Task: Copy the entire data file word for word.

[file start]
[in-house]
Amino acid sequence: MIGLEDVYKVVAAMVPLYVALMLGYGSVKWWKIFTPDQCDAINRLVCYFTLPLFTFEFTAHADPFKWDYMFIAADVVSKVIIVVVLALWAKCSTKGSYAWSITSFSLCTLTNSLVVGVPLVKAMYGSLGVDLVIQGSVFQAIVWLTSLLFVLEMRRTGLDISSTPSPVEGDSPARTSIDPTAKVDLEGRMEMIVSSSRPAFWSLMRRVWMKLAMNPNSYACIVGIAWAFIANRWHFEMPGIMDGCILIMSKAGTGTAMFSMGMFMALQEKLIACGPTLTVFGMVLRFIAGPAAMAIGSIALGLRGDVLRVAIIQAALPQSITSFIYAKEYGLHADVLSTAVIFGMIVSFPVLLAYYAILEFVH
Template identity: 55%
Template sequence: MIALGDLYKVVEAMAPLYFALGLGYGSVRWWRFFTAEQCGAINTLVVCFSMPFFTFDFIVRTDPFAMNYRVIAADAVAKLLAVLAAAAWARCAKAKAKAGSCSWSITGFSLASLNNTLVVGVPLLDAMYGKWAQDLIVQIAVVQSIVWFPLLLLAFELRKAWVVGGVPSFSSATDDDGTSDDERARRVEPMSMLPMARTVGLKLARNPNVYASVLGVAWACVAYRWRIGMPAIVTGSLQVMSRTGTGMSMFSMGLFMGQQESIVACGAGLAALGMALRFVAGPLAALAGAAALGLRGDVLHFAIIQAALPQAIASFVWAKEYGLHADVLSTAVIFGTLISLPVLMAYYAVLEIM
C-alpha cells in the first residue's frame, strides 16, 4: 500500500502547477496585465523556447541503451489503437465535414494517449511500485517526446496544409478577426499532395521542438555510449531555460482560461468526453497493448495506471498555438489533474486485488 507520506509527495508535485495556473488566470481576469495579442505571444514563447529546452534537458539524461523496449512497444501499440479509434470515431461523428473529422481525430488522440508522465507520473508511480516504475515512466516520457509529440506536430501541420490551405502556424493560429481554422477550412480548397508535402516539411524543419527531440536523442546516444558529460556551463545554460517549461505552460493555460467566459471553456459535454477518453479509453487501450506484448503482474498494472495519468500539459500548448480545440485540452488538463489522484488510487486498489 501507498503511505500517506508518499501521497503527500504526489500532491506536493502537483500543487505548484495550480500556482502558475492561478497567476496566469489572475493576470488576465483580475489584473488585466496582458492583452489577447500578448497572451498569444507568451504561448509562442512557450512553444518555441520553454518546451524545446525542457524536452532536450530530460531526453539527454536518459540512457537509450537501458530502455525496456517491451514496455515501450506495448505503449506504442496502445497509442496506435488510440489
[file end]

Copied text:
[in-house]
Amino acid sequence: MIGLEDVYKVVAAMVPLYVALMLGYGSVKWWKIFTPDQCDAINRLVCYFTLPLFTFEFTAHADPFKWDYMFIAADVVSKVIIVVVLALWAKCSTKGSYAWSITSFSLCTLTNSLVVGVPLVKAMYGSLGVDLVIQGSVFQAIVWLTSLLFVLEMRRTGLDISSTPSPVEGDSPARTSIDPTAKVDLEGRMEMIVSSSRPAFWSLMRRVWMKLAMNPNSYACIVGIAWAFIANRWHFEMPGIMDGCILIMSKAGTGTAMFSMGMFMALQEKLIACGPTLTVFGMVLRFIAGPAAMAIGSIALGLRGDVLRVAIIQAALPQSITSFIYAKEYGLHADVLSTAVIFGMIVSFPVLLAYYAILEFVH
Template identity: 55%
Template sequence: MIALGDLYKVVEAMAPLYFALGLGYGSVRWWRFFTAEQCGAINTLVVCFSMPFFTFDFIVRTDPFAMNYRVIAADAVAKLLAVLAAAAWARCAKAKAKAGSCSWSITGFSLASLNNTLVVGVPLLDAMYGKWAQDLIVQIAVVQSIVWFPLLLLAFELRKAWVVGGVPSFSSATDDDGTSDDERARRVEPMSMLPMARTVGLKLARNPNVYASVLGVAWACVAYRWRIGMPAIVTGSLQVMSRTGTGMSMFSMGLFMGQQESIVACGAGLAALGMALRFVAGPLAALAGAAALGLRGDVLHFAIIQAALPQAIASFVWAKEYGLHADVLSTAVIFGTLISLPVLMAYYAVLEIM
C-alpha cells in the first residue's frame, strides 16, 4: 500500500502547477496585465523556447541503451489503437465535414494517449511500485517526446496544409478577426499532395521542438555510449531555460482560461468526453497493448495506471498555438489533474486485488 507520506509527495508535485495556473488566470481576469495579442505571444514563447529546452534537458539524461523496449512497444501499440479509434470515431461523428473529422481525430488522440508522465507520473508511480516504475515512466516520457509529440506536430501541420490551405502556424493560429481554422477550412480548397508535402516539411524543419527531440536523442546516444558529460556551463545554460517549461505552460493555460467566459471553456459535454477518453479509453487501450506484448503482474498494472495519468500539459500548448480545440485540452488538463489522484488510487486498489 501507498503511505500517506508518499501521497503527500504526489500532491506536493502537483500543487505548484495550480500556482502558475492561478497567476496566469489572475493576470488576465483580475489584473488585466496582458492583452489577447500578448497572451498569444507568451504561448509562442512557450512553444518555441520553454518546451524545446525542457524536452532536450530530460531526453539527454536518459540512457537509450537501458530502455525496456517491451514496455515501450506495448505503449506504442496502445497509442496506435488510440489